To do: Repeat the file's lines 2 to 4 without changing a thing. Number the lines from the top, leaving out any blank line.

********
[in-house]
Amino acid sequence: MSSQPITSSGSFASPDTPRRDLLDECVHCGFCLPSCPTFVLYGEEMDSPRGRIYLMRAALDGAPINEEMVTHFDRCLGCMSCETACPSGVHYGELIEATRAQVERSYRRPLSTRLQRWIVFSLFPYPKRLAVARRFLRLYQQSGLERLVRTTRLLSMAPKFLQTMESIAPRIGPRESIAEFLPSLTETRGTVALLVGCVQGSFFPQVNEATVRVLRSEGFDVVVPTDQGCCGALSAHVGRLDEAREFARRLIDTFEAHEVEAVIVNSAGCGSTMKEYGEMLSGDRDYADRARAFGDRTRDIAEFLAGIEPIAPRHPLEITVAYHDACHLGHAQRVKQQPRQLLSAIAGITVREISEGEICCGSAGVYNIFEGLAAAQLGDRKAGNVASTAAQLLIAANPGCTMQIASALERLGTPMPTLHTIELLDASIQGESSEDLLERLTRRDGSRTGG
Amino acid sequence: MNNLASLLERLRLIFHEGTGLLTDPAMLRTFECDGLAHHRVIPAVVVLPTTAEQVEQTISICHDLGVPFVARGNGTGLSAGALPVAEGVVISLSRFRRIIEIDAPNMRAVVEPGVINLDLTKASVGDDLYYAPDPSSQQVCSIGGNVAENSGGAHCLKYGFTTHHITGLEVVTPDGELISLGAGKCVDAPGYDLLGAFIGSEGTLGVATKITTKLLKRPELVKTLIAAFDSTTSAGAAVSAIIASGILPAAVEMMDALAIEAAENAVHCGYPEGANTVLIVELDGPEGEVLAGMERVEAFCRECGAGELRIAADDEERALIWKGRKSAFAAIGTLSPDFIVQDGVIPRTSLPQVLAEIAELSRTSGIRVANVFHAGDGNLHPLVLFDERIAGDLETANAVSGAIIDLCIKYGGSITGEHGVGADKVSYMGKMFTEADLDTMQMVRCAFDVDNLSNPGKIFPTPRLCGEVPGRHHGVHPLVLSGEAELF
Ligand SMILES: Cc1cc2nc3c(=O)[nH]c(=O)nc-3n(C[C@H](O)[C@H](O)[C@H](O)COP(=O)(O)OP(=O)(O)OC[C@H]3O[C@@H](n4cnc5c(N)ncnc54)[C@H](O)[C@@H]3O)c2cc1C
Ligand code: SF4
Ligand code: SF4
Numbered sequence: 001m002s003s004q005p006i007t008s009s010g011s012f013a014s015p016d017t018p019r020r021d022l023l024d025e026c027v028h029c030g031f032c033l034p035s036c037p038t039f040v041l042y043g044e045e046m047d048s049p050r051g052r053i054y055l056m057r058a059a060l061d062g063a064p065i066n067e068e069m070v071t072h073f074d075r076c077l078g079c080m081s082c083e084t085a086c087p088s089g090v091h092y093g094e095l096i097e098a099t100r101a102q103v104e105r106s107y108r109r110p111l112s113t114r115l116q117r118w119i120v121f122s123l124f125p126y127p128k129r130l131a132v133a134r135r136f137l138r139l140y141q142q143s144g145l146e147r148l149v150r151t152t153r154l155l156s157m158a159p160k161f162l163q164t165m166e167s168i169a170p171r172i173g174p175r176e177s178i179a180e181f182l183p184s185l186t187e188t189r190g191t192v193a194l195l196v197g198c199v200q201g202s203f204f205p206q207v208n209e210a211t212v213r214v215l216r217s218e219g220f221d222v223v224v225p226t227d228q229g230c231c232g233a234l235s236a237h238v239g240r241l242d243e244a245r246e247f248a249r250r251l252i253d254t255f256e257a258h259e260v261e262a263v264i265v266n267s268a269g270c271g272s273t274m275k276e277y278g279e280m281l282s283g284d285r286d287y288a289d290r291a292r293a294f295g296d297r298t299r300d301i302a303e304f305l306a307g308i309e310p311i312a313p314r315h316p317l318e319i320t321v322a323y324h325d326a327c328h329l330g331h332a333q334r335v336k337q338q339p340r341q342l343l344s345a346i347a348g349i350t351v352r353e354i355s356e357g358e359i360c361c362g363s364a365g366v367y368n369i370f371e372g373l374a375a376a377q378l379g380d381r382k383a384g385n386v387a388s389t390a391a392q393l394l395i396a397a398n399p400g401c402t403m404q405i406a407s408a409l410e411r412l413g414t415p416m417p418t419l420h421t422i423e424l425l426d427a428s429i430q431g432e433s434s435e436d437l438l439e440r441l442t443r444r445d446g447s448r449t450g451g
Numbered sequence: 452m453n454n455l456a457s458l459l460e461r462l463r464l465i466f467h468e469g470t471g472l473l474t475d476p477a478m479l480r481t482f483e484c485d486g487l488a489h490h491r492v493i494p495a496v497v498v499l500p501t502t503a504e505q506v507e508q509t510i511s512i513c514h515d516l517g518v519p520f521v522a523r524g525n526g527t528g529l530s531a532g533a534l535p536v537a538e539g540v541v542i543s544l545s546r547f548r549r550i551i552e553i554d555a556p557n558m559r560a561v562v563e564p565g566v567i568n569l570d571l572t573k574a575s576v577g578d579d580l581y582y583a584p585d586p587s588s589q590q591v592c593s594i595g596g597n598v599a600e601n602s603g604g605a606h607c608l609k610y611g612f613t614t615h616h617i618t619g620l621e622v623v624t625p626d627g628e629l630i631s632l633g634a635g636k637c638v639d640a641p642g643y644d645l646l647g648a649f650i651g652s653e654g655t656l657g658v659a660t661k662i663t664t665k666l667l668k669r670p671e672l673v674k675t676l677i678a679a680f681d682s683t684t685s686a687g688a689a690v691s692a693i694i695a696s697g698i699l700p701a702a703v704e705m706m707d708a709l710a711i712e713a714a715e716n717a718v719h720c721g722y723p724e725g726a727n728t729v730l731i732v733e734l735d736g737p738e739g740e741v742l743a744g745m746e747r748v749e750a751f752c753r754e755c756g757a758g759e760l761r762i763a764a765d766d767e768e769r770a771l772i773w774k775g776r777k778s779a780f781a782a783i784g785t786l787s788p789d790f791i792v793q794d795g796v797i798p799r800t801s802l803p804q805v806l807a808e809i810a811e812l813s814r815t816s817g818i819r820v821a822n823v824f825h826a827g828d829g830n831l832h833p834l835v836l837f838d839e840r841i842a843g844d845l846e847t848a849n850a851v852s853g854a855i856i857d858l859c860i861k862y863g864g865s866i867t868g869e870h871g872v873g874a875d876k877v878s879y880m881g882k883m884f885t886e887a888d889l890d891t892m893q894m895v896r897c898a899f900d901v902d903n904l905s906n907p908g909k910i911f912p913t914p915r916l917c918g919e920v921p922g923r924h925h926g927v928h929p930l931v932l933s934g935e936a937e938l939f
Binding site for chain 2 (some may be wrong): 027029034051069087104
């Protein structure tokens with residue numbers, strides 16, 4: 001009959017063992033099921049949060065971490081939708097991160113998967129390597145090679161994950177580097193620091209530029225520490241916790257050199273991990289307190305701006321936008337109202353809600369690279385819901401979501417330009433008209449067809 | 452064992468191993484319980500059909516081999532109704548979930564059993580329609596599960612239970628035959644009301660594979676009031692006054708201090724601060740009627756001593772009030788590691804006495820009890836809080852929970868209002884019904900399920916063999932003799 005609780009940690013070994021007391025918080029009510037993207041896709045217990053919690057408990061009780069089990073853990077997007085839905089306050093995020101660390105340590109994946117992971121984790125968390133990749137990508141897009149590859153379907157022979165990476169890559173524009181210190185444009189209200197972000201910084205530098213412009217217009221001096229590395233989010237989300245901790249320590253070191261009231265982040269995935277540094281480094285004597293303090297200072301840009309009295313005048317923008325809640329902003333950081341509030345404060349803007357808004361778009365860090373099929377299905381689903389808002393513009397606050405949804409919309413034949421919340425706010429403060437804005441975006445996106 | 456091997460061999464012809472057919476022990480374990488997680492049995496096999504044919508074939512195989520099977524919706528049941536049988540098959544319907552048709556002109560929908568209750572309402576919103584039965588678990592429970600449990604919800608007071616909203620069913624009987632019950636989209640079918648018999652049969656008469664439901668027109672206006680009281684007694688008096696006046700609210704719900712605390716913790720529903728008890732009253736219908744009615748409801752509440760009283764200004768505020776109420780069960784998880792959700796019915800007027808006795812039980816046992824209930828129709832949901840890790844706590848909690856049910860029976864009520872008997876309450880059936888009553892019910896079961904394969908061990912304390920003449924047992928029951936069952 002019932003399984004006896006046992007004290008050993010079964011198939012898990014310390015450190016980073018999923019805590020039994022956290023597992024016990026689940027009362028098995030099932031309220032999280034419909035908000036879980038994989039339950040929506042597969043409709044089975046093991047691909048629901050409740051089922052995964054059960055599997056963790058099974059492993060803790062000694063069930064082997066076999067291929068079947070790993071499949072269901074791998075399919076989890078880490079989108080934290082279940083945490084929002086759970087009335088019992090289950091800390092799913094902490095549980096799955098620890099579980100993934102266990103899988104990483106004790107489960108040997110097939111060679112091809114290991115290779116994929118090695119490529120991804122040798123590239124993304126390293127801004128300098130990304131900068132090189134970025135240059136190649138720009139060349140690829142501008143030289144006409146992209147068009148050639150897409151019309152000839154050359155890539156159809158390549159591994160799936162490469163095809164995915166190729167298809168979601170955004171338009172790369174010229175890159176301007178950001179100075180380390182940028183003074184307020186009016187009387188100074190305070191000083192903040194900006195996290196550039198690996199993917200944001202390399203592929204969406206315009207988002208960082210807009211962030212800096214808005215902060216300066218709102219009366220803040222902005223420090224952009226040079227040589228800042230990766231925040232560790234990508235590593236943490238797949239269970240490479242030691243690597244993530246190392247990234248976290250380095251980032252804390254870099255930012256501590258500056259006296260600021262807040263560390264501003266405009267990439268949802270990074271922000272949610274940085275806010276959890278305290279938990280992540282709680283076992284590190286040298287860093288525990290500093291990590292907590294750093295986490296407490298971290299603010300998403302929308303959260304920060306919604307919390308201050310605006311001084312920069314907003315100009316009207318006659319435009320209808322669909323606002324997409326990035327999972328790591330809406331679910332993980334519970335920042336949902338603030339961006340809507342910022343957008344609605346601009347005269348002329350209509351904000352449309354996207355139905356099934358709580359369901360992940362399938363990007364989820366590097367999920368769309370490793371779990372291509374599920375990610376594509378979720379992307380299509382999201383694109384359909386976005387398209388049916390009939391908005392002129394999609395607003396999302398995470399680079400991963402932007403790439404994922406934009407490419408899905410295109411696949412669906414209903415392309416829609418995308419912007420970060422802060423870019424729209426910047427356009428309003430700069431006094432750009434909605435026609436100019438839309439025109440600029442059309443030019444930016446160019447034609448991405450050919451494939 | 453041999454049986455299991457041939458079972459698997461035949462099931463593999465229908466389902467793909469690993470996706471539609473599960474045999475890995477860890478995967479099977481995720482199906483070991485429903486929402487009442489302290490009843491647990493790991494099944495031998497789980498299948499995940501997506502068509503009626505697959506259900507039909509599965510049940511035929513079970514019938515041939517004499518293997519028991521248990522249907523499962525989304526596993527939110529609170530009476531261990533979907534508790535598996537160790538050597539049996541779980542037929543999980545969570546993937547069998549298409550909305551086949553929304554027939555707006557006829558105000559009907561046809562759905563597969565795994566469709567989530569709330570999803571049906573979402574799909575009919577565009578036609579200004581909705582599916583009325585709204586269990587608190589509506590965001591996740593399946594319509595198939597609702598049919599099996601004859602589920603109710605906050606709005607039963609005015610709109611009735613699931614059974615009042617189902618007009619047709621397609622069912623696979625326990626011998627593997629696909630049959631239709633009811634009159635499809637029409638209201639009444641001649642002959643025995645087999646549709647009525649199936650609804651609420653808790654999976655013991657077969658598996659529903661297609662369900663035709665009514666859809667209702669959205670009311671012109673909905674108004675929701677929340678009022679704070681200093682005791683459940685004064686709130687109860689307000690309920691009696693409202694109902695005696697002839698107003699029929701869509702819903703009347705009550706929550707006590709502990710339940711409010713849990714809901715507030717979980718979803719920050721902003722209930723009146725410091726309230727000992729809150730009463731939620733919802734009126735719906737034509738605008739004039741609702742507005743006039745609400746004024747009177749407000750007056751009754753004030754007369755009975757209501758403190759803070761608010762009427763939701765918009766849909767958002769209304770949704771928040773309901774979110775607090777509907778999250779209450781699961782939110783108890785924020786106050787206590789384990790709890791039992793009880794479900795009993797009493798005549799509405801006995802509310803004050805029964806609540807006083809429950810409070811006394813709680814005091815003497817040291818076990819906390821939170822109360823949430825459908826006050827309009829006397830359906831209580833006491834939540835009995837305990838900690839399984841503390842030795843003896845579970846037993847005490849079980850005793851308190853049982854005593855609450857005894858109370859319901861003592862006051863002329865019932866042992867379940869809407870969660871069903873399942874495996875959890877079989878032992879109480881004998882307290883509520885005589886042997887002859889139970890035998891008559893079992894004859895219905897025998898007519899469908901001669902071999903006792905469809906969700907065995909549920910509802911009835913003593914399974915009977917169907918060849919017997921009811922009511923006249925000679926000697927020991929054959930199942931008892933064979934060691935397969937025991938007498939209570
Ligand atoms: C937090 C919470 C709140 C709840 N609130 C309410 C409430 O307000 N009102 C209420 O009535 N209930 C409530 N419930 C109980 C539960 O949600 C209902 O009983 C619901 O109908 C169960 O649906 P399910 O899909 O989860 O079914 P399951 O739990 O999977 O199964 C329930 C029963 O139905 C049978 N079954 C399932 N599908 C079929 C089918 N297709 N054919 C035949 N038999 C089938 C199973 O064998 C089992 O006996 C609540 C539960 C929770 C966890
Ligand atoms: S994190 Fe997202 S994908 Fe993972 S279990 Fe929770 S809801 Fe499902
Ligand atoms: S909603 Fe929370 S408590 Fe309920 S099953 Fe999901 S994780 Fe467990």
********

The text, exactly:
Amino acid sequence: MSSQPITSSGSFASPDTPRRDLLDECVHCGFCLPSCPTFVLYGEEMDSPRGRIYLMRAALDGAPINEEMVTHFDRCLGCMSCETACPSGVHYGELIEATRAQVERSYRRPLSTRLQRWIVFSLFPYPKRLAVARRFLRLYQQSGLERLVRTTRLLSMAPKFLQTMESIAPRIGPRESIAEFLPSLTETRGTVALLVGCVQGSFFPQVNEATVRVLRSEGFDVVVPTDQGCCGALSAHVGRLDEAREFARRLIDTFEAHEVEAVIVNSAGCGSTMKEYGEMLSGDRDYADRARAFGDRTRDIAEFLAGIEPIAPRHPLEITVAYHDACHLGHAQRVKQQPRQLLSAIAGITVREISEGEICCGSAGVYNIFEGLAAAQLGDRKAGNVASTAAQLLIAANPGCTMQIASALERLGTPMPTLHTIELLDASIQGESSEDLLERLTRRDGSRTGG
Amino acid sequence: MNNLASLLERLRLIFHEGTGLLTDPAMLRTFECDGLAHHRVIPAVVVLPTTAEQVEQTISICHDLGVPFVARGNGTGLSAGALPVAEGVVISLSRFRRIIEIDAPNMRAVVEPGVINLDLTKASVGDDLYYAPDPSSQQVCSIGGNVAENSGGAHCLKYGFTTHHITGLEVVTPDGELISLGAGKCVDAPGYDLLGAFIGSEGTLGVATKITTKLLKRPELVKTLIAAFDSTTSAGAAVSAIIASGILPAAVEMMDALAIEAAENAVHCGYPEGANTVLIVELDGPEGEVLAGMERVEAFCRECGAGELRIAADDEERALIWKGRKSAFAAIGTLSPDFIVQDGVIPRTSLPQVLAEIAELSRTSGIRVANVFHAGDGNLHPLVLFDERIAGDLETANAVSGAIIDLCIKYGGSITGEHGVGADKVSYMGKMFTEADLDTMQMVRCAFDVDNLSNPGKIFPTPRLCGEVPGRHHGVHPLVLSGEAELF
Ligand SMILES: Cc1cc2nc3c(=O)[nH]c(=O)nc-3n(C[C@H](O)[C@H](O)[C@H](O)COP(=O)(O)OP(=O)(O)OC[C@H]3O[C@@H](n4cnc5c(N)ncnc54)[C@H](O)[C@@H]3O)c2cc1C